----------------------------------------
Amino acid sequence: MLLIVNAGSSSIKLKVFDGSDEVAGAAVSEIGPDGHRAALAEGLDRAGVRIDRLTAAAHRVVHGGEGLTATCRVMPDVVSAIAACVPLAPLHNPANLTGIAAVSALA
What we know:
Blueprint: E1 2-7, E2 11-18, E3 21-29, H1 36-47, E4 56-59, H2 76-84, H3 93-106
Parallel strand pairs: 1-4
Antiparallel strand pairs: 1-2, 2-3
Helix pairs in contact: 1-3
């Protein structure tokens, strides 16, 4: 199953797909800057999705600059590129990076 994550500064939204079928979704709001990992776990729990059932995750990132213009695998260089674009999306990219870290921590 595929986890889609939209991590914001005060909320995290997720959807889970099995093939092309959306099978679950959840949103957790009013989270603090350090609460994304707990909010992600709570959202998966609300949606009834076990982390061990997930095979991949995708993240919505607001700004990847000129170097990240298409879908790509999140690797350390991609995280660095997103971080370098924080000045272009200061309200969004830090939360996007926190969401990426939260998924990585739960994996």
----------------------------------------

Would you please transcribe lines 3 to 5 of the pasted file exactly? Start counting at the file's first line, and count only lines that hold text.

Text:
Blueprint: E1 2-7, E2 11-18, E3 21-29, H1 36-47, E4 56-59, H2 76-84, H3 93-106
Parallel strand pairs: 1-4
Antiparallel strand pairs: 1-2, 2-3